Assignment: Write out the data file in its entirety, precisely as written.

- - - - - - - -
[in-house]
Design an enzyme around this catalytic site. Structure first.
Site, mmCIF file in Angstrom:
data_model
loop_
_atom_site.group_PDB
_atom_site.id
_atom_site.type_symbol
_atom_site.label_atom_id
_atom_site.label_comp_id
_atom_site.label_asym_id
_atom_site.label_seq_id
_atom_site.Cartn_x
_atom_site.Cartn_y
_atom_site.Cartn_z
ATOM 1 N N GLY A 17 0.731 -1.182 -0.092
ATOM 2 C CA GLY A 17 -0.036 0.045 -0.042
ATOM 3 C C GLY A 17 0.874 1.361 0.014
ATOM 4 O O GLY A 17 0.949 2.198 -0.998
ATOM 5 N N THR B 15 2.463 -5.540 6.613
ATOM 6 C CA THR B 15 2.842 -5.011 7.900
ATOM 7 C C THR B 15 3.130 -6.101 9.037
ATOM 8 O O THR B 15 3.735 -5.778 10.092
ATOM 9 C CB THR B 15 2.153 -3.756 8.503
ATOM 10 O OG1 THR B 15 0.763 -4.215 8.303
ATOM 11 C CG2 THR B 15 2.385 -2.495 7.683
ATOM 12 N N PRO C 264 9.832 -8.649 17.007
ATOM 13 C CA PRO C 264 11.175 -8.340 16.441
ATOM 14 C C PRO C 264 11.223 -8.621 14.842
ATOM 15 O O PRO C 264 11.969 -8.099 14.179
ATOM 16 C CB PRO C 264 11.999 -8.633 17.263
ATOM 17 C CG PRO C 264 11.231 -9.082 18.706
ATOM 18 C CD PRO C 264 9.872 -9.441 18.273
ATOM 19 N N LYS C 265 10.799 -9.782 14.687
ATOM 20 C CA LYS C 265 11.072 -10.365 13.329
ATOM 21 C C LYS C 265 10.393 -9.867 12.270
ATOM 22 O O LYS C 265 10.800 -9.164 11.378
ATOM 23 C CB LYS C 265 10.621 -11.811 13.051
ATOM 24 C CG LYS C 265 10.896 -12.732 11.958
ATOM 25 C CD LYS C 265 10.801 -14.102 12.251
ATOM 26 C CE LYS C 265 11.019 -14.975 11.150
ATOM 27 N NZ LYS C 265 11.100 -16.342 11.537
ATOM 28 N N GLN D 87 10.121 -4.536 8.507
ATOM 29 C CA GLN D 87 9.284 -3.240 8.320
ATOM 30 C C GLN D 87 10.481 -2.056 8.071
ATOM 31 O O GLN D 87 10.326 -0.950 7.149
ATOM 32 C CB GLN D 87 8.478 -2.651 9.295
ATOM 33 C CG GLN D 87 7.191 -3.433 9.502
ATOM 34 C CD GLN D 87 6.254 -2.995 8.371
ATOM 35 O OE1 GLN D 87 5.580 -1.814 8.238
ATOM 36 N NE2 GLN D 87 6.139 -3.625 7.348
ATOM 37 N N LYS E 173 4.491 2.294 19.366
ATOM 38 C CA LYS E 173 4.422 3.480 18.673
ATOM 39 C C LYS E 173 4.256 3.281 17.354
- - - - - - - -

[in-house]
Design an enzyme around this catalytic site. Structure first.
Site, mmCIF file in Angstrom:
data_model
loop_
_atom_site.group_PDB
_atom_site.id
_atom_site.type_symbol
_atom_site.label_atom_id
_atom_site.label_comp_id
_atom_site.label_asym_id
_atom_site.label_seq_id
_atom_site.Cartn_x
_atom_site.Cartn_y
_atom_site.Cartn_z
ATOM 1 N N GLY A 17 0.731 -1.182 -0.092
ATOM 2 C CA GLY A 17 -0.036 0.045 -0.042
ATOM 3 C C GLY A 17 0.874 1.361 0.014
ATOM 4 O O GLY A 17 0.949 2.198 -0.998
ATOM 5 N N THR B 15 2.463 -5.540 6.613
ATOM 6 C CA THR B 15 2.842 -5.011 7.900
ATOM 7 C C THR B 15 3.130 -6.101 9.037
ATOM 8 O O THR B 15 3.735 -5.778 10.092
ATOM 9 C CB THR B 15 2.153 -3.756 8.503
ATOM 10 O OG1 THR B 15 0.763 -4.215 8.303
ATOM 11 C CG2 THR B 15 2.385 -2.495 7.683
ATOM 12 N N PRO C 264 9.832 -8.649 17.007
ATOM 13 C CA PRO C 264 11.175 -8.340 16.441
ATOM 14 C C PRO C 264 11.223 -8.621 14.842
ATOM 15 O O PRO C 264 11.969 -8.099 14.179
ATOM 16 C CB PRO C 264 11.999 -8.633 17.263
ATOM 17 C CG PRO C 264 11.231 -9.082 18.706
ATOM 18 C CD PRO C 264 9.872 -9.441 18.273
ATOM 19 N N LYS C 265 10.799 -9.782 14.687
ATOM 20 C CA LYS C 265 11.072 -10.365 13.329
ATOM 21 C C LYS C 265 10.393 -9.867 12.270
ATOM 22 O O LYS C 265 10.800 -9.164 11.378
ATOM 23 C CB LYS C 265 10.621 -11.811 13.051
ATOM 24 C CG LYS C 265 10.896 -12.732 11.958
ATOM 25 C CD LYS C 265 10.801 -14.102 12.251
ATOM 26 C CE LYS C 265 11.019 -14.975 11.150
ATOM 27 N NZ LYS C 265 11.100 -16.342 11.537
ATOM 28 N N GLN D 87 10.121 -4.536 8.507
ATOM 29 C CA GLN D 87 9.284 -3.240 8.320
ATOM 30 C C GLN D 87 10.481 -2.056 8.071
ATOM 31 O O GLN D 87 10.326 -0.950 7.149
ATOM 32 C CB GLN D 87 8.478 -2.651 9.295
ATOM 33 C CG GLN D 87 7.191 -3.433 9.502
ATOM 34 C CD GLN D 87 6.254 -2.995 8.371
ATOM 35 O OE1 GLN D 87 5.580 -1.814 8.238
ATOM 36 N NE2 GLN D 87 6.139 -3.625 7.348
ATOM 37 N N LYS E 173 4.491 2.294 19.366
ATOM 38 C CA LYS E 173 4.422 3.480 18.673
ATOM 39 C C LYS E 173 4.256 3.281 17.354